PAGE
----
Excellent! Good for you. I bailed on a teacher train last year after the first day. When I left, I felt as though no shower could get me clean enough from the experience I had just had. I did buy the materials (unfortunately). I read through the teacher training materials written by John and couldn't believe this had been published, by anyone. I couldn't believe that anyone found it intelligible, much less poignant or sincere. It was pretty clearly a marketing tool masquerading as a guide to "grace" by a snake oil salesman. I am a PhD , and I follow an established set of standards for written publications– and, this body of work met none of them. There were no citations, no reference list and no way to discern where the information came from, what was JF's interpretation or not, or if he had in fact interpreted anything correctly. There was no accountability (which seems to be his theme). And, when I asked the instructor, who is prominent in Anusara and part of the current "recovery team" appointed by JF himself, I was told that even if I could find the original literature it would be too esoteric for me to comprehend. As a PhD at a prominent institution, I doubt that is the case. Moreover, it was surprising that someone who had apparently been one of the original Anusara team didn't appear to even know what the original sources. Including this information a system of check and balance in academics so that unqualified interpretations don't run unchecked. And it would appear that JF dearly needed some means to be checked and balanced. But trainees were basically denied the opportunity to do so by not having ample resources provided. I quickly realized that the whole situation was not what it seemed and not motivated by the spiritual purity claimed. My gut said bail. That evening, I dig some digging and found no evidence that Anusara had any sort of charitable contributions or any history of or plans to engage in altruistic endeavors, which would seem to be consistent with yoga philosophy. I did not return, and was disallowed a refund even after I inquired and explained that I felt the organization was misrepresenting themselves. In short, I had no choice but to forfeit $600 Anusara. And here we are, a year later……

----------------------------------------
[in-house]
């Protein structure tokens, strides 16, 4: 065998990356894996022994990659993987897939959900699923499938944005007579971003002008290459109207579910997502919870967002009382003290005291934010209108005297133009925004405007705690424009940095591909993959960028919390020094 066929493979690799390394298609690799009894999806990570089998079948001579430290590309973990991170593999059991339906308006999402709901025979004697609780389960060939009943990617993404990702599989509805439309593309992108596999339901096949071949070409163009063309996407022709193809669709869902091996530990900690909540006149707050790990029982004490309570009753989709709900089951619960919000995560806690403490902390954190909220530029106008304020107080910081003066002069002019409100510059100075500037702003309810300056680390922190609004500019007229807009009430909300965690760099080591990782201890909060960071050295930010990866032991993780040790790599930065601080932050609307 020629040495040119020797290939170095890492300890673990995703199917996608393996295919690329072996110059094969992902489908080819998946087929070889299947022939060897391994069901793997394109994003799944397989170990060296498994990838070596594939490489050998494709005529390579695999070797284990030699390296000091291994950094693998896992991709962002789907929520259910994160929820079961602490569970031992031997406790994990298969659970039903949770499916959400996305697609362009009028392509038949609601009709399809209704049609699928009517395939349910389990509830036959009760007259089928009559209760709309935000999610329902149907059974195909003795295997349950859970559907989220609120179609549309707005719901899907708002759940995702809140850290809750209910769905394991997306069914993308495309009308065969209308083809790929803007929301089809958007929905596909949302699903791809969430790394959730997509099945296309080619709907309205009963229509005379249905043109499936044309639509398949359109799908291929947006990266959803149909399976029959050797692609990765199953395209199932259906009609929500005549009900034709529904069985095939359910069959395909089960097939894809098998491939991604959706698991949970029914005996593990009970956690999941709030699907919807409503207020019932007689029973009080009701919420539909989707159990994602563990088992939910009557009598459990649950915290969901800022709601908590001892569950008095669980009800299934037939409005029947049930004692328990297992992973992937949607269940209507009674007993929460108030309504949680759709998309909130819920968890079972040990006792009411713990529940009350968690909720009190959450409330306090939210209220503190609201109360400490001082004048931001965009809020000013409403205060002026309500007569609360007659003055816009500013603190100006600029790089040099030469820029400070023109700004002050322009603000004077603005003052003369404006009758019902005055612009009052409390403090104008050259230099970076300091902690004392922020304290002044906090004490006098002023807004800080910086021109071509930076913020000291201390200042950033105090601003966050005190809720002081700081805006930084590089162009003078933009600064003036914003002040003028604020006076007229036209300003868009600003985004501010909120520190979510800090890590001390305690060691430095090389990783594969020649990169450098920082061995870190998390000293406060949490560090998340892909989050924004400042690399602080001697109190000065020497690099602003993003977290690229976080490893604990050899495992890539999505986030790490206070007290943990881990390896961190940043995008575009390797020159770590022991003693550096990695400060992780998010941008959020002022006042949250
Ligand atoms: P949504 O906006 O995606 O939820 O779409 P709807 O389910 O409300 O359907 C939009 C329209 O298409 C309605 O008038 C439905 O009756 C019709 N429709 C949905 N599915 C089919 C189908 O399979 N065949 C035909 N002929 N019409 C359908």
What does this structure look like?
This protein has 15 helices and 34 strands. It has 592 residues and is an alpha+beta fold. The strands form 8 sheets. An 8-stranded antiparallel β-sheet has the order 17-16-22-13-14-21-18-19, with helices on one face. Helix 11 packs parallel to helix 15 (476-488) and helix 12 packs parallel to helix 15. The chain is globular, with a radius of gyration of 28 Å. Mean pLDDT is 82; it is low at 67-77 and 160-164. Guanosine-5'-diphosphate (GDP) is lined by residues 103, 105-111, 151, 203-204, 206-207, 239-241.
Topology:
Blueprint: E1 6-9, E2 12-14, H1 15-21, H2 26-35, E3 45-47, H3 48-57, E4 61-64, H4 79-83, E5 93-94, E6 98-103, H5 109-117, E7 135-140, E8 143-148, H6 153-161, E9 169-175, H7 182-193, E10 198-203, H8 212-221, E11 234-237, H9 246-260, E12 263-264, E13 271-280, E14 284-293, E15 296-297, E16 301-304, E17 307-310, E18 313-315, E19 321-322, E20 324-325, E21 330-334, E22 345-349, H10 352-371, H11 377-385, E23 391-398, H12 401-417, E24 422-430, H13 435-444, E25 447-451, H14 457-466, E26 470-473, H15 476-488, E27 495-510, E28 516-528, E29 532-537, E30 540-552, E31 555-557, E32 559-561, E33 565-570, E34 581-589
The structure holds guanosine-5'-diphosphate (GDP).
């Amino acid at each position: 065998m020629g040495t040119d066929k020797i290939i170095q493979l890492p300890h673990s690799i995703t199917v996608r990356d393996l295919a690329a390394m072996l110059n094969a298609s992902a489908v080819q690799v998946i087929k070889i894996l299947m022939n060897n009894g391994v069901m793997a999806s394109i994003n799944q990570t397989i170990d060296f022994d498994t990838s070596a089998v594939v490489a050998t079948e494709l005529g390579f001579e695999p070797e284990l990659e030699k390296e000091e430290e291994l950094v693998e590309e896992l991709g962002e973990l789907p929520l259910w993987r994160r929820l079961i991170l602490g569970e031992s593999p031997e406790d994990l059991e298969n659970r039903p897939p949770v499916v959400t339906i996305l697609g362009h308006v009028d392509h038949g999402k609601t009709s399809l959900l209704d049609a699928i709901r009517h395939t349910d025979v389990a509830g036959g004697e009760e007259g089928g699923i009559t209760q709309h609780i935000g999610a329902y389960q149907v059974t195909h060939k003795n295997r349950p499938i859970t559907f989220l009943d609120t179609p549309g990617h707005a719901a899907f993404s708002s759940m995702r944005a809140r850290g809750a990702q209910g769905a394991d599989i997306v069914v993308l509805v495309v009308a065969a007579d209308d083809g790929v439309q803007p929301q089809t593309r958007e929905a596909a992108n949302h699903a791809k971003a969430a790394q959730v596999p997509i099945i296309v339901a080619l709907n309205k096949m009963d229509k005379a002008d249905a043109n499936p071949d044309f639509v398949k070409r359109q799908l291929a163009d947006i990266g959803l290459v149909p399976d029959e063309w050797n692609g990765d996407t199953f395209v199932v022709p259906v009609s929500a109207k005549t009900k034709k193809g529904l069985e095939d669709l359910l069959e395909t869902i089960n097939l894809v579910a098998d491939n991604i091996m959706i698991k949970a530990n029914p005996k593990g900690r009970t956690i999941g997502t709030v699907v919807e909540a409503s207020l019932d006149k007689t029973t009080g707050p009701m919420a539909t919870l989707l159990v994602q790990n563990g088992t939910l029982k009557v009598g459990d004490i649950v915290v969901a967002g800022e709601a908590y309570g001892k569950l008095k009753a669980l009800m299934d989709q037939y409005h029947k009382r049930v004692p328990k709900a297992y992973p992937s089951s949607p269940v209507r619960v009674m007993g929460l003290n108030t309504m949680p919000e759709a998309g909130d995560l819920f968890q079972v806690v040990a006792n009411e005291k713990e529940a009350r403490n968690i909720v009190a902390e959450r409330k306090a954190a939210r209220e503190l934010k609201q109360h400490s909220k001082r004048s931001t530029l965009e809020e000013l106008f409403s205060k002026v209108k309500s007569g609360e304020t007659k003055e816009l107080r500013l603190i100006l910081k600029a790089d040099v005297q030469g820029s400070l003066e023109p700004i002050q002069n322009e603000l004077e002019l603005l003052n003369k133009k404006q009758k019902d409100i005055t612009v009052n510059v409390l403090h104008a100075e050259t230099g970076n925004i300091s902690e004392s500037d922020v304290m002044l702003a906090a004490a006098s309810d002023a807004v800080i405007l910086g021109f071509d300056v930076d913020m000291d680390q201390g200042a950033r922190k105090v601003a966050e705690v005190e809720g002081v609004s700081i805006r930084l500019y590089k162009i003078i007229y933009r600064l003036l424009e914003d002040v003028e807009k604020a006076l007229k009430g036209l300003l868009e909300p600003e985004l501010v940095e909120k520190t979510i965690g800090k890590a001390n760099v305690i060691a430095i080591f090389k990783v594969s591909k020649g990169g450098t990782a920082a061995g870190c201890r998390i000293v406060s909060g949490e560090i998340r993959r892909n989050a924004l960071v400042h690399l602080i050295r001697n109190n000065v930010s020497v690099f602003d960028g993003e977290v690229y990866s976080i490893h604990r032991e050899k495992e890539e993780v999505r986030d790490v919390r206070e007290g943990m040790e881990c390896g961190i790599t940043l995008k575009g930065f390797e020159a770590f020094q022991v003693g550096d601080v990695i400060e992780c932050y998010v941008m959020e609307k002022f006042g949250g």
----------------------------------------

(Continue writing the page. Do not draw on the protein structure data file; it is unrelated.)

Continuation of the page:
40. […] was no question. In this case, it was really the same. When I looked at the facts, and I do mean the undisputed facts in the matter when you clear away the “kulaid” and the craziness, Anusara, INC. no longer made sense to […]

  41. lindadriscoll says:

    Sad, yet also what we need to see clearly on Earth right now. What bravery to write this! Standing confidently in your own personal integrity is the only choice that makes sense. This is such a powerful message to deliver and I honor you in that. May we all deeply witness this and reflect on our own behaviors; holding space for those who have caused harm to truly transform. May we also be willing to acknowledge and celebrate it when it happens. So Much Love, ~Linda

  42. […] Brown ~ 2012 is Bringing it On! Elena Brower ~ Art of Attention: Misconduct in the (Yoga) World Amy Ippoliti ~ Bringing My Life Back into Persepctive: What Matters Most Denise Benitez ~ The Threshold (poem […]

  43. […] South Node than his partnership-among-equals Libra North Node. Furthermore, if Anusura veteran Amy Ippoliti’s account is at all representative of how Friend has related to professional colleagues behind closed doors […]

  44. KOW says:

    Thank you. It makes so much more sense now. K

  45. […] philosophy. Several other teachers including Elena Brower, Christina Sell, Darren Rhodes and Amy Ippoliti also approached John with their concerns at varying times over the course of the Fall/Winter and […]

Leave a Reply